Let us make an in-depth study of the advantages and disadvantages of the flexible exchange rate system.


(i) Automatic Adjustment in BOP:

The chief merit of the freely fluctuating exchange rate is that the BOP disequilibrium gets corrected automatically with the change in exchange rate.

If a BOP deficit arises, there would be an excess supply of home currency leading to a fall in exchange rate simply by the market forces of demand and supply. This causes export goods cheaper and import goods dearer.

As a result, export tends to rise while imports tend to decline—thereby removing deficit in the BOP account. Similarly, supply in the BOP account means excess demand for home currency and, thus, rise in the exchange rate. This, in turn, encourages imports and discourages exports. As a result, the BOP accounts will reach equilibrium by the same logic. Thus, this exchange rate makes an automatic adjustment in the BOP crisis of an economy and that too without governmental intervention.

(ii) No Collusion Between Internal-External Objectives:


Surplus and deficit in the BOP accounts get corrected if foreign exchange rate falls and rises, respectively. In a regime of fixed exchange rate, the removal of BOP deficit requires the adoption of internal policies like fall income and price level. In other words, pegged exchange rate requires a change in domestic macroeconomic policies like deflationary policies of price and output reduction.

But, under flexible exchange rate system, a government can adopt independent monetary policy. In other words, under this system of exchange rate, internal balance could be maintained by the government. It is further argued that, as it is a self-adjusting mechanism to restore BOP equilibrium, a government can put more effort in tackling internal problems of inflation, un­employment, etc.

(iii) Absorption of Sudden Shocks:

In a flexible exchange rate, the domestic economy remains insulated from external shocks and pressures. Under this system, the threat of ‘importing inflation’ from outside the country is minimum. In other words, price feedback effect is imperceptible.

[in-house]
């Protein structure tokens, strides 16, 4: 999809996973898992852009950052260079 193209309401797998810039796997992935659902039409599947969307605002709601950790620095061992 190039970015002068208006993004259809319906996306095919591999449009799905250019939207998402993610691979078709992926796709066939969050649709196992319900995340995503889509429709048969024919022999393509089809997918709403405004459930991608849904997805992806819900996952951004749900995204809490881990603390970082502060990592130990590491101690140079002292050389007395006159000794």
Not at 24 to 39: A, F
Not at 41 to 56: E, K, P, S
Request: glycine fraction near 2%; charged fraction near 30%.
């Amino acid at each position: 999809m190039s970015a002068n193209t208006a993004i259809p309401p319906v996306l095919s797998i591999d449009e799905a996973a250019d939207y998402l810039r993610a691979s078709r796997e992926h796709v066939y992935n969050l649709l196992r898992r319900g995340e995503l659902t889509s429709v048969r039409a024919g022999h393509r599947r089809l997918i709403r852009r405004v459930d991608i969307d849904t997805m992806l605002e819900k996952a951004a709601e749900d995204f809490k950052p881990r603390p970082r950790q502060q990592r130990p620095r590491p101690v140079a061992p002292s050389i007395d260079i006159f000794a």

(iv) Minimum Buffer of Foreign Exchange Reserves:

Since exchange rate is not pegged under the floa­ting arrangement of exchange rate, the central bank of a country need not hold adequate foreign exchange reserves as a buffer against unforeseen developments in international trade.


(i) Uncertainty and Confusion:

Flexible exchange rate and trade presents an atmosphere of uncer­tainty and confusion in trade and investment. Susceptibility to uncertainty is greater as soon as exchange rate fluctuates freely. Suppose an Indian has despatched an export ‘invoice’ to the foreign buyers. But the Indian exporters do not know at what price foreign currency will be converted into Indian currency. This kind of uncertainty hampers trade. However, such uncertainty can be largely minimised through forward exchange contracts. The uncertainty involved in this kind of exchange rate may cause trading community to lose some confidence in the system.

(ii) Hampering Investment:


Unregulated free- floating exchange rate often discourages foreign investment as exchange rate becomes erratic and, hence, destabilising. Because of the uncertainty associated with this exchange rate involving profit and loss implications of foreign investment deals, a country might experience decumulation of capital. Hence—it is destabilising in effect.

(iii) Risk, Instability, and Speculation:

Flexible exchange rate encourages wide speculation since foreign exchange prices are not known in advance as in fixed exchange rate. It is because of speculation there occurs disruptive hot money flows. To put it elaborately, it can be argued that when the exchange rate tends to decline, speculators anticipate that such would continue to decline further and the possibility of the flight of money to another country will brighten. This will then cause a further fall in the exchange rate. Thus, greater the speculation against a currency, the deeper the economic crises.

However, economists are not unanimous about this kind of speculation associated with the flexible exchange rate system.

(iv) Inflationary in Character:


By nature, flexible exchange rate is inflationary. As soon as the exchange rate falls, automatically, consequent upon the BOP deficit, import goods become expensive. High cost of imported goods then fuels inflationary tendencies. As depreciation of a currency makes import costlier, the domestic economy faces both demand-pull and cost-push inflationary pressures.

It is because of these drawbacks of the freely fluctuating exchange rate that countries attach importance to ‘managed exchange rate’ with their central banks buying and selling currencies in the foreign exchange market so as to moderate the degree of fluctuations as far as practicable.